Critical Condition

NRO’s health-care blog.

The Truth About Tort Reform


If the president is serious about bipartisan health-care reform, he must include real lawsuit-abuse reform that produces savings for the American people.

According to the Harvard School of Public Health, 40 percent of medical malpractice suits filed in the U.S. are “without merit.” Yet despite the frivolous nature of many of these suits, juries often award millions of dollars to plaintiffs — and their trial lawyers. These predatory suits amount to legalized extortion and require doctors to purchase malpractice insurance at great expense. A Department of Health and Human Services study found that unlimited excessive damages add between $70 billion and $126 billion annually to health-care costs.

Doctors are so worried about frivolous lawsuits that they order unnecessary — and expensive — tests and procedures. The Massachusetts Medical Society found that 83 percent of its doctors practice this sort of defensive medicine. The costs of litigation and defensive medicine are passed on to the patient in the price of health care.

That’s why some states, including my home state of Texas, have enacted tort reform to limit the amount of damages that can be awarded for pain and suffering. The result? More than 14,000 doctors have returned to Texas or set up new practices in the state. That means Texans pay less to have better health care and more options.

The success of state-enacted lawsuit-abuse reforms in reducing health-care costs shows why we need to enact nationwide legislation to deter frivolous malpractice suits. The president’s latest gambit is to play at bipartisanship by funding “demonstration projects” to study tort reform. But this is just a sham, because we already know tort reform works. We don’t need to test tort reform, we need to enact it.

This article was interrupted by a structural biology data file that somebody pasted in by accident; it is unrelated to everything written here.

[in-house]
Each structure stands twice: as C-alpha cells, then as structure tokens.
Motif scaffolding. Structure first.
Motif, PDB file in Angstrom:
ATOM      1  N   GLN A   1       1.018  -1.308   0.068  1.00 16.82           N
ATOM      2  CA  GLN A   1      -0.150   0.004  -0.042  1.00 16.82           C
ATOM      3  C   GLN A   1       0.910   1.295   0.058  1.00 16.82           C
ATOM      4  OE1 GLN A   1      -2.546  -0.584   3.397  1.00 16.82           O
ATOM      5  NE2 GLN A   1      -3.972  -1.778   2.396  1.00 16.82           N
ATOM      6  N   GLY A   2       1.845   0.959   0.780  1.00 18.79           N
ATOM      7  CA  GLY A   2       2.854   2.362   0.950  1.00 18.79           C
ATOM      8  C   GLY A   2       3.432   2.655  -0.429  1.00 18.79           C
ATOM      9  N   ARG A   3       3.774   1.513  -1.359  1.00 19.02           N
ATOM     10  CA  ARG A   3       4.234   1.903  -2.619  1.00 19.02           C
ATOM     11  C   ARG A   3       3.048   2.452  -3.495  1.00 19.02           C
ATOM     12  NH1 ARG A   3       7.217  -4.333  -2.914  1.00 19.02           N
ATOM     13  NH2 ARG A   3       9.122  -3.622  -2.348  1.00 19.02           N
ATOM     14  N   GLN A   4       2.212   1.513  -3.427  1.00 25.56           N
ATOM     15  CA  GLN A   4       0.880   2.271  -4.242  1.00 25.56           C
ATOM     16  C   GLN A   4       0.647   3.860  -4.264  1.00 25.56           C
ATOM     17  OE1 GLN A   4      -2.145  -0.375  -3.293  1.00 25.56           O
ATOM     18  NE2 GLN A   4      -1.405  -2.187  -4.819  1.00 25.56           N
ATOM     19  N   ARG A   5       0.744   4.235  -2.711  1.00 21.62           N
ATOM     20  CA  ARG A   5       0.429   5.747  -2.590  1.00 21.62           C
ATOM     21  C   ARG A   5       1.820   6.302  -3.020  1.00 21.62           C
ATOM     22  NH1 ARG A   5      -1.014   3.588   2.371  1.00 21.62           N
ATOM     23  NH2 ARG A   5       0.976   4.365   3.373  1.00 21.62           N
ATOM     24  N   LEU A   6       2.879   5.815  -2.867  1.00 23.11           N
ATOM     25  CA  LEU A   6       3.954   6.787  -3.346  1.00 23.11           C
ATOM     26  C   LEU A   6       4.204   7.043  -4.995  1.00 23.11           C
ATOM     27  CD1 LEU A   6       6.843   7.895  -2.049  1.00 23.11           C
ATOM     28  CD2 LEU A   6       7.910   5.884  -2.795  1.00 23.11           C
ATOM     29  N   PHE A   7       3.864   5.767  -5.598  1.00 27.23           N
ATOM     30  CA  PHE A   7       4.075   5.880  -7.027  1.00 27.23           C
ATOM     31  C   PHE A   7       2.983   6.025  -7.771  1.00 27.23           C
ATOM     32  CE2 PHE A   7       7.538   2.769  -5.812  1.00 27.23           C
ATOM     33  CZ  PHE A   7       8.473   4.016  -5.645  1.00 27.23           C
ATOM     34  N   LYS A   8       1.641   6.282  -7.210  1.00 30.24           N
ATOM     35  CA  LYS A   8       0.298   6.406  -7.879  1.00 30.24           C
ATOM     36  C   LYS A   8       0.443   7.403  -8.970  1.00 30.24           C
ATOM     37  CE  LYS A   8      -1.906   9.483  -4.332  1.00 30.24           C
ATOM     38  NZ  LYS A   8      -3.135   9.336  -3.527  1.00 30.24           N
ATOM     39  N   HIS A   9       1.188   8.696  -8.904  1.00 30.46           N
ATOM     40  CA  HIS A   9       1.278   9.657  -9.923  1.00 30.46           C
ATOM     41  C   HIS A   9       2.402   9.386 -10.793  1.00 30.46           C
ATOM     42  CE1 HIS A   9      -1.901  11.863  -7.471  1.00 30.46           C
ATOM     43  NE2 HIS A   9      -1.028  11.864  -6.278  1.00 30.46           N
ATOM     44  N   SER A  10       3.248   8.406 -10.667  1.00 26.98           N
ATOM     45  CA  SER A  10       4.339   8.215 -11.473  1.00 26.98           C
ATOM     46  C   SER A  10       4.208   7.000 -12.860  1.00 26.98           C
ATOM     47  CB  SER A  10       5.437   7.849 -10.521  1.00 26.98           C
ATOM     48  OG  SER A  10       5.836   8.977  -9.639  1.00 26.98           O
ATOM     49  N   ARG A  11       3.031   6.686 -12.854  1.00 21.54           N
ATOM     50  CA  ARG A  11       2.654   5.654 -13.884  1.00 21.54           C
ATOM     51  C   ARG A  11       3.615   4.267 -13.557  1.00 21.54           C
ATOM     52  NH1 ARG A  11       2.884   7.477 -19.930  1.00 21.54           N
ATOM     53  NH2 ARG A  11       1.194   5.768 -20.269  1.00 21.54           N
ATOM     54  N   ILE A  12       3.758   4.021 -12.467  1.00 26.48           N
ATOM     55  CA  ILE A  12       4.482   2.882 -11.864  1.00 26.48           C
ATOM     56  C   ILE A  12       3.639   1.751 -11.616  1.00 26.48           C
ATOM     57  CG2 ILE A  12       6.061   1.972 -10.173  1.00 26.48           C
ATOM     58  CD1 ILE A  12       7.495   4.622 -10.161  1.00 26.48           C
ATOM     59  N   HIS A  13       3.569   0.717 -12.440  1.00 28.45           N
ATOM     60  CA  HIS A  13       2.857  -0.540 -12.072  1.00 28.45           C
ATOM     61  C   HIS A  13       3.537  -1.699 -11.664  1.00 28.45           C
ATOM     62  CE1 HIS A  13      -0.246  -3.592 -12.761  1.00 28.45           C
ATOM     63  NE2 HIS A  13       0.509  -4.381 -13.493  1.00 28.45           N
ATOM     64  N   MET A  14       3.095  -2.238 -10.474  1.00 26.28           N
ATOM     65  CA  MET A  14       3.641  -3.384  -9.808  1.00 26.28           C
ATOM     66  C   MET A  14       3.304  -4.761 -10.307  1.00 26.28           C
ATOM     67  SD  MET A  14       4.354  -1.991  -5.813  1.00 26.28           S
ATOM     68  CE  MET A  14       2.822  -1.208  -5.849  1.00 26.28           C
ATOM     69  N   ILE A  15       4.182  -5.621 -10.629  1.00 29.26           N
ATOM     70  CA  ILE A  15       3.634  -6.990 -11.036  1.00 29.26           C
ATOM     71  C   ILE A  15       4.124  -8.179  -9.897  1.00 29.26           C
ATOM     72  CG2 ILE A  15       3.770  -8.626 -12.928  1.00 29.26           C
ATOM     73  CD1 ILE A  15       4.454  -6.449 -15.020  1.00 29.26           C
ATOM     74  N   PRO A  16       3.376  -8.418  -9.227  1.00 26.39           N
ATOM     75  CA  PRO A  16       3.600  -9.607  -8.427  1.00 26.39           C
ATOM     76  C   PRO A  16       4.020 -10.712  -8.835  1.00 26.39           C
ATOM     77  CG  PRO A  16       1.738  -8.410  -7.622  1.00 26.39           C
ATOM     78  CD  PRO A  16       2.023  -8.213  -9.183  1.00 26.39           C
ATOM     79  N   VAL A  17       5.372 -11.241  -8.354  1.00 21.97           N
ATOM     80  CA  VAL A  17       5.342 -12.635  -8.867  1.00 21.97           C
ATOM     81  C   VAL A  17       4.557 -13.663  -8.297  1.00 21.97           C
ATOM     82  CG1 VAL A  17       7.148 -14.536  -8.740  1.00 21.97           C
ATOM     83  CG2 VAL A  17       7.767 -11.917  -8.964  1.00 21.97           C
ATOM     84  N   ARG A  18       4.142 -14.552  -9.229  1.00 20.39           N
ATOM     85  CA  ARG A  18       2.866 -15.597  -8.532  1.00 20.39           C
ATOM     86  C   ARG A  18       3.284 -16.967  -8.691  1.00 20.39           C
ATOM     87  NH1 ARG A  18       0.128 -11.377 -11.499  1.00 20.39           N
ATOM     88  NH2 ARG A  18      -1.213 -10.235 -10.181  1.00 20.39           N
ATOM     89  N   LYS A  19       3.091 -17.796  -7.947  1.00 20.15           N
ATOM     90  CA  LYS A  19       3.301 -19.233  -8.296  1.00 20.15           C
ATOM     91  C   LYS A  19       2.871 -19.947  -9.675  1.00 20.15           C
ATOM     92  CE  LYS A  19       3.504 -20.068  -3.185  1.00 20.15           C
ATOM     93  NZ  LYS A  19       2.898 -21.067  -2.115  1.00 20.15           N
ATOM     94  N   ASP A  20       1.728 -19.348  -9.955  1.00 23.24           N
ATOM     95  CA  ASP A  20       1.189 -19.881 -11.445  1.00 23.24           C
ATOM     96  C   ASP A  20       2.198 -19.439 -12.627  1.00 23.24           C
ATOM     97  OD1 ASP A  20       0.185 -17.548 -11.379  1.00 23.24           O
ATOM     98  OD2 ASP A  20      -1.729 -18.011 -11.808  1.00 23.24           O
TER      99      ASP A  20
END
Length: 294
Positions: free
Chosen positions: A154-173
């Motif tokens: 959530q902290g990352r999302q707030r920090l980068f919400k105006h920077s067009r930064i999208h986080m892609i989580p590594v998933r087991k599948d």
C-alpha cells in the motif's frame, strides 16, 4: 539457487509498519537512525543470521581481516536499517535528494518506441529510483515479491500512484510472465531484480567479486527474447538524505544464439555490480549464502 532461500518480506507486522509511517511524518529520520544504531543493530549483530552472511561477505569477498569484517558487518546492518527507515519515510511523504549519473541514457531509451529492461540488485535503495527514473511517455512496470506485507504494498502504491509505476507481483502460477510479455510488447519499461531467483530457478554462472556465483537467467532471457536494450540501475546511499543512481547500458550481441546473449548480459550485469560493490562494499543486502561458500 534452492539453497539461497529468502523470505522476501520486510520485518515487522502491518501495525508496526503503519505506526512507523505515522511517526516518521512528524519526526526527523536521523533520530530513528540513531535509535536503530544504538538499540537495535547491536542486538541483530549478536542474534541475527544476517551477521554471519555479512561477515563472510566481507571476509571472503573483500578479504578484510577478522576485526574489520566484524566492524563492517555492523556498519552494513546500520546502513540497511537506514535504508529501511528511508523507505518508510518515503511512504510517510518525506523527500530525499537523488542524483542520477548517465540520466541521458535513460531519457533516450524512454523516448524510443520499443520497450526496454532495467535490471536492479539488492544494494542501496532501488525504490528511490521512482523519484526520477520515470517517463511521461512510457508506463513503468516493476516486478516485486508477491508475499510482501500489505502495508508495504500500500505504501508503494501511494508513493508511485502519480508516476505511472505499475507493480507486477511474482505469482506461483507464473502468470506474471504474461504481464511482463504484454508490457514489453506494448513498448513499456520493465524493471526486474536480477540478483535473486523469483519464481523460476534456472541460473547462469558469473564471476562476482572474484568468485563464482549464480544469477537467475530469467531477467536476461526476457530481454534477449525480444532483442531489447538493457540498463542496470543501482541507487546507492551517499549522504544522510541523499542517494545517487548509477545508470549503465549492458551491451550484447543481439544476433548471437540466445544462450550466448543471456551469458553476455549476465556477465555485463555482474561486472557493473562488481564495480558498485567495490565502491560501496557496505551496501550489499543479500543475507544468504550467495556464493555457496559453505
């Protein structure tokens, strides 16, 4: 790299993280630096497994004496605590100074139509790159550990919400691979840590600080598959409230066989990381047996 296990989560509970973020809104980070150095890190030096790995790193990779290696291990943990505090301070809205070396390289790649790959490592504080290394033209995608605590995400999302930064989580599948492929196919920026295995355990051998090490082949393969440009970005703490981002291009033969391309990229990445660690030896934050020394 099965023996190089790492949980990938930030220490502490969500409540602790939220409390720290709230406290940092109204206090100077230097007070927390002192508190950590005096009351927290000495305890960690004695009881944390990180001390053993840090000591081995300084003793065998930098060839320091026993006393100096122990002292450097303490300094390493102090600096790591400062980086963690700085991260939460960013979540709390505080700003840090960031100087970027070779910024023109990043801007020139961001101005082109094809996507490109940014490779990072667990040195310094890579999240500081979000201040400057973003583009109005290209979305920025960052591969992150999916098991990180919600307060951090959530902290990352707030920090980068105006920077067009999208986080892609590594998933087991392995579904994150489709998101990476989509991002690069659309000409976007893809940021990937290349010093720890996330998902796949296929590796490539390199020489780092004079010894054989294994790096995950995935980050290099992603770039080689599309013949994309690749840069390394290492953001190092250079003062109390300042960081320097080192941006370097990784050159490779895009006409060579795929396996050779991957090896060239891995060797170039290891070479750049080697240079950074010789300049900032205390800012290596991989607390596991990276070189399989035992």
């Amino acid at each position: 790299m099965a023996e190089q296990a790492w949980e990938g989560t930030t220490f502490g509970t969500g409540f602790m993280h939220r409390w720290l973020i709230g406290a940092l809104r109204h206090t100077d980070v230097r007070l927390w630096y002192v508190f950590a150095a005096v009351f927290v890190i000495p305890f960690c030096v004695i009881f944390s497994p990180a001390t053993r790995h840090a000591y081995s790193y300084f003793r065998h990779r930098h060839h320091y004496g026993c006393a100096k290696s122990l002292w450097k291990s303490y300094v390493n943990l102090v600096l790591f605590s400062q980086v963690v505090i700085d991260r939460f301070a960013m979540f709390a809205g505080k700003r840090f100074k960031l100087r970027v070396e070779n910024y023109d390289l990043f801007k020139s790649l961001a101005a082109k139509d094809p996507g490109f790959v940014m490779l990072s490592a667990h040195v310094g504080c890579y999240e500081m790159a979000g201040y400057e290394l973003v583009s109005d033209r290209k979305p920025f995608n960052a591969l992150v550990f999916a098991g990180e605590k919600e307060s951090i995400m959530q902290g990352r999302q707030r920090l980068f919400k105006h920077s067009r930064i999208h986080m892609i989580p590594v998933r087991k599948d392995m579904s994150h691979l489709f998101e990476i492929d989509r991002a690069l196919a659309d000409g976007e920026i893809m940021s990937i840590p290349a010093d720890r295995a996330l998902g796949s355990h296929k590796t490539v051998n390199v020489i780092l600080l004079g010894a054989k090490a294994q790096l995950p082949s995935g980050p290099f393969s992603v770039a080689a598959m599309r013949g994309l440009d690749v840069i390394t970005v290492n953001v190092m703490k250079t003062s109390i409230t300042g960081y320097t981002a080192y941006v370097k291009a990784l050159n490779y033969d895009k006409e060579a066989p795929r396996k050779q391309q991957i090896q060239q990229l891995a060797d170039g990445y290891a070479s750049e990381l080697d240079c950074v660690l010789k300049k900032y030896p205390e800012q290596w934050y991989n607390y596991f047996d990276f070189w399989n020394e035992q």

So what’s the real reason behind Democrats’ opposition to tort reform? Former Democratic National Committee chairman Howard Dean got closer to the truth at a town-hall meeting when he was asked why tort reform was not included in the Democrats’ health-care overhaul. Dean candidly admitted that it was all about politics: “The reason why tort reform is not in the bill is because the people who wrote it did not want to take on the trial lawyers.”

But it’s more than just Democrats not wanting to take on the lobbying powerhouse of trial lawyers. It’s the fact that trial lawyers contribute millions of dollars to Democratic politicians. Limiting the amount of money trial lawyers can make from frivolous lawsuits in turn limits the amount of donations the Democratic party receives.

The top contributor by category to President Obama’s campaign was the legal industry, whose donations came to more than $43 million. As for Congress, more than 78 percent of the money given to Congress by lawyers, mostly from the plaintiffs’ bar, went to Democrats — almost $100 million.

By bankrolling Democratic politicians, trial lawyers have succeeded in preventing any lawsuit-abuse reforms from becoming part of health-care legislation, despite support for reform by a majority of Americans. A November 2009 Associated Press poll found that 54 percent of Americans favor lawsuit-abuse reform. According to the study, “support for limits on malpractice lawsuits cuts across political lines, with 58 percent of independents . . . in favor.”

Democrats’ refusal to consider lawsuit-abuse reform has nothing to do with what could reduce health-care costs for Americans. It’s about preserving their political piggy bank, which is filled up by trial lawyers. In fact, Democratic proposals — including the president’s new plan — don’t just exclude lawsuit-abuse reform; they actually include provisions to deter states from enacting reforms in the future.

Lawsuit-abuse reform works. It reduces health-care costs by decreasing the number of frivolous suits promoted by trial lawyers. And it empowers doctors to make the right decisions for their patients, while preserving a patient’s right to sue if they believe there has been genuine medical malpractice.

If the president is serious about finding a bipartisan solution to rising health-care costs, true tort reform should be the first item on the table, not the last. Anything less is a partisan proposal that panders to trial lawyers and liberal interest groups. That’s not the kind of change President Obama promised. It’s politics as usual.

– Rep. Lamar Smith, of Texas, is the ranking Republican on the House Judiciary Committee.


Subscribe to National Review